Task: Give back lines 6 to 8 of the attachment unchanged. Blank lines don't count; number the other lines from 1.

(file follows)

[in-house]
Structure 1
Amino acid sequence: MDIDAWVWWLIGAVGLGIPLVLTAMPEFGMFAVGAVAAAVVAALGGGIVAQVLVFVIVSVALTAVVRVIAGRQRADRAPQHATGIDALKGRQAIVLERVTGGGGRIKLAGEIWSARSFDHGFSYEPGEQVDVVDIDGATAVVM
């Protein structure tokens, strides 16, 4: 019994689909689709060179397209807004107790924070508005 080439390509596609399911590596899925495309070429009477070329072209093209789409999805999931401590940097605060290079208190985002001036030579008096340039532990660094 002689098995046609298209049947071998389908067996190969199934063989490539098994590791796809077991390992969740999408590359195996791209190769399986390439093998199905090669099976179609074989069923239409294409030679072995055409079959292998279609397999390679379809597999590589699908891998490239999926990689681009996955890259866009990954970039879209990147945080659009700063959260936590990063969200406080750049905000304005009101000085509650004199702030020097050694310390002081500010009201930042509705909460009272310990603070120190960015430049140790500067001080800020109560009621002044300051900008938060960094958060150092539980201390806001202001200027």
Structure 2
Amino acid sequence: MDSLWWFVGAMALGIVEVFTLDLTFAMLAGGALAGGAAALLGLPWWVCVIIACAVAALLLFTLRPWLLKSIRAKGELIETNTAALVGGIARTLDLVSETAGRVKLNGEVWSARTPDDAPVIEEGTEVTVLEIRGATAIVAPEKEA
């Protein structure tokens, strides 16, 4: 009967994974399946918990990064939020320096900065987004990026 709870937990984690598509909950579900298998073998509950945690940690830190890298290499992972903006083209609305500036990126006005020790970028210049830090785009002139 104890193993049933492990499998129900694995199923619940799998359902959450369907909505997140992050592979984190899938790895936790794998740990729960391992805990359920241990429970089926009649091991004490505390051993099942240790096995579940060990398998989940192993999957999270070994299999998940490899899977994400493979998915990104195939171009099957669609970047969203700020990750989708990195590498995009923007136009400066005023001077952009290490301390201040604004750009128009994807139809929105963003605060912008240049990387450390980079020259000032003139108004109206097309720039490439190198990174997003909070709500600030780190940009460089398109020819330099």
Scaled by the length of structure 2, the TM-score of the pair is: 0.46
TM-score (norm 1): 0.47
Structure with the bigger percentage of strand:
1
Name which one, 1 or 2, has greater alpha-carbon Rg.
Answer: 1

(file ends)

Amino acid sequence: MDSLWWFVGAMALGIVEVFTLDLTFAMLAGGALAGGAAALLGLPWWVCVIIACAVAALLLFTLRPWLLKSIRAKGELIETNTAALVGGIARTLDLVSETAGRVKLNGEVWSARTPDDAPVIEEGTEVTVLEIRGATAIVAPEKEA
């Protein structure tokens, strides 16, 4: 009967994974399946918990990064939020320096900065987004990026 709870937990984690598509909950579900298998073998509950945690940690830190890298290499992972903006083209609305500036990126006005020790970028210049830090785009002139 104890193993049933492990499998129900694995199923619940799998359902959450369907909505997140992050592979984190899938790895936790794998740990729960391992805990359920241990429970089926009649091991004490505390051993099942240790096995579940060990398998989940192993999957999270070994299999998940490899899977994400493979998915990104195939171009099957669609970047969203700020990750989708990195590498995009923007136009400066005023001077952009290490301390201040604004750009128009994807139809929105963003605060912008240049990387450390980079020259000032003139108004109206097309720039490439190198990174997003909070709500600030780190940009460089398109020819330099």
Scaled by the length of structure 2, the TM-score of the pair is: 0.46